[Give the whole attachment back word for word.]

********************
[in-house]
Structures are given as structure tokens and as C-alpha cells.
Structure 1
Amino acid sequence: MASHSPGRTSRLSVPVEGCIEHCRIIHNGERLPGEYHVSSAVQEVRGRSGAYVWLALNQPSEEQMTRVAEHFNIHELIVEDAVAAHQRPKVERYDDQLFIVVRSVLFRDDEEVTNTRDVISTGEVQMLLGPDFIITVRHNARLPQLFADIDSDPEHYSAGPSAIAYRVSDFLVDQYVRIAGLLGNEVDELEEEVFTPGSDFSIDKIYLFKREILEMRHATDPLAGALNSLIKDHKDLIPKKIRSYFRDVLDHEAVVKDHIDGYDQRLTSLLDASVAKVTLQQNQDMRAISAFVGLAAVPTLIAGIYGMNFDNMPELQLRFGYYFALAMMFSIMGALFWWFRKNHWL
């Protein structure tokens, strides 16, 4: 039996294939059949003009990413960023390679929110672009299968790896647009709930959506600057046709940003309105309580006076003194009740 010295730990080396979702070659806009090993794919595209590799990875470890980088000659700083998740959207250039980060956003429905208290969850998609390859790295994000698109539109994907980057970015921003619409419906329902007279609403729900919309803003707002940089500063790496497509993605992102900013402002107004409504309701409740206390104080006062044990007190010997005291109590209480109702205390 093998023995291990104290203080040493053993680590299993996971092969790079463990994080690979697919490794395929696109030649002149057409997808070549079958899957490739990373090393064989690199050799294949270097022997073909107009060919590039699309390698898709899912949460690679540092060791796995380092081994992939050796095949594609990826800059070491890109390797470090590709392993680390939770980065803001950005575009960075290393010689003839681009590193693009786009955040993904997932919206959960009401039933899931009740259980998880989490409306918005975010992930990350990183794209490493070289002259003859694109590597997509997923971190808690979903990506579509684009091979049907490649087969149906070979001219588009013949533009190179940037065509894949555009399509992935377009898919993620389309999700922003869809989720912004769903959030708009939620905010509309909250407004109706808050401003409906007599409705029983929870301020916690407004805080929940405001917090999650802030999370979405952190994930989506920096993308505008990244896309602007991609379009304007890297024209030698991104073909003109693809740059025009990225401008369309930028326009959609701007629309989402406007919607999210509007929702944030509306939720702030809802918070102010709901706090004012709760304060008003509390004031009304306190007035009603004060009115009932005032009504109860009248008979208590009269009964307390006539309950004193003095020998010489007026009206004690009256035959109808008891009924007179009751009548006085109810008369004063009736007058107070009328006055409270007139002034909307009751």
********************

[in-house]
Structures are given as structure tokens and as C-alpha cells.
Structure 1
Amino acid sequence: MASHSPGRTSRLSVPVEGCIEHCRIIHNGERLPGEYHVSSAVQEVRGRSGAYVWLALNQPSEEQMTRVAEHFNIHELIVEDAVAAHQRPKVERYDDQLFIVVRSVLFRDDEEVTNTRDVISTGEVQMLLGPDFIITVRHNARLPQLFADIDSDPEHYSAGPSAIAYRVSDFLVDQYVRIAGLLGNEVDELEEEVFTPGSDFSIDKIYLFKREILEMRHATDPLAGALNSLIKDHKDLIPKKIRSYFRDVLDHEAVVKDHIDGYDQRLTSLLDASVAKVTLQQNQDMRAISAFVGLAAVPTLIAGIYGMNFDNMPELQLRFGYYFALAMMFSIMGALFWWFRKNHWL
């Protein structure tokens, strides 16, 4: 039996294939059949003009990413960023390679929110672009299968790896647009709930959506600057046709940003309105309580006076003194009740 010295730990080396979702070659806009090993794919595209590799990875470890980088000659700083998740959207250039980060956003429905208290969850998609390859790295994000698109539109994907980057970015921003619409419906329902007279609403729900919309803003707002940089500063790496497509993605992102900013402002107004409504309701409740206390104080006062044990007190010997005291109590209480109702205390 093998023995291990104290203080040493053993680590299993996971092969790079463990994080690979697919490794395929696109030649002149057409997808070549079958899957490739990373090393064989690199050799294949270097022997073909107009060919590039699309390698898709899912949460690679540092060791796995380092081994992939050796095949594609990826800059070491890109390797470090590709392993680390939770980065803001950005575009960075290393010689003839681009590193693009786009955040993904997932919206959960009401039933899931009740259980998880989490409306918005975010992930990350990183794209490493070289002259003859694109590597997509997923971190808690979903990506579509684009091979049907490649087969149906070979001219588009013949533009190179940037065509894949555009399509992935377009898919993620389309999700922003869809989720912004769903959030708009939620905010509309909250407004109706808050401003409906007599409705029983929870301020916690407004805080929940405001917090999650802030999370979405952190994930989506920096993308505008990244896309602007991609379009304007890297024209030698991104073909003109693809740059025009990225401008369309930028326009959609701007629309989402406007919607999210509007929702944030509306939720702030809802918070102010709901706090004012709760304060008003509390004031009304306190007035009603004060009115009932005032009504109860009248008979208590009269009964307390006539309950004193003095020998010489007026009206004690009256035959109808008891009924007179009751009548006085109810008369004063009736007058107070009328006055409270007139002034909307009751």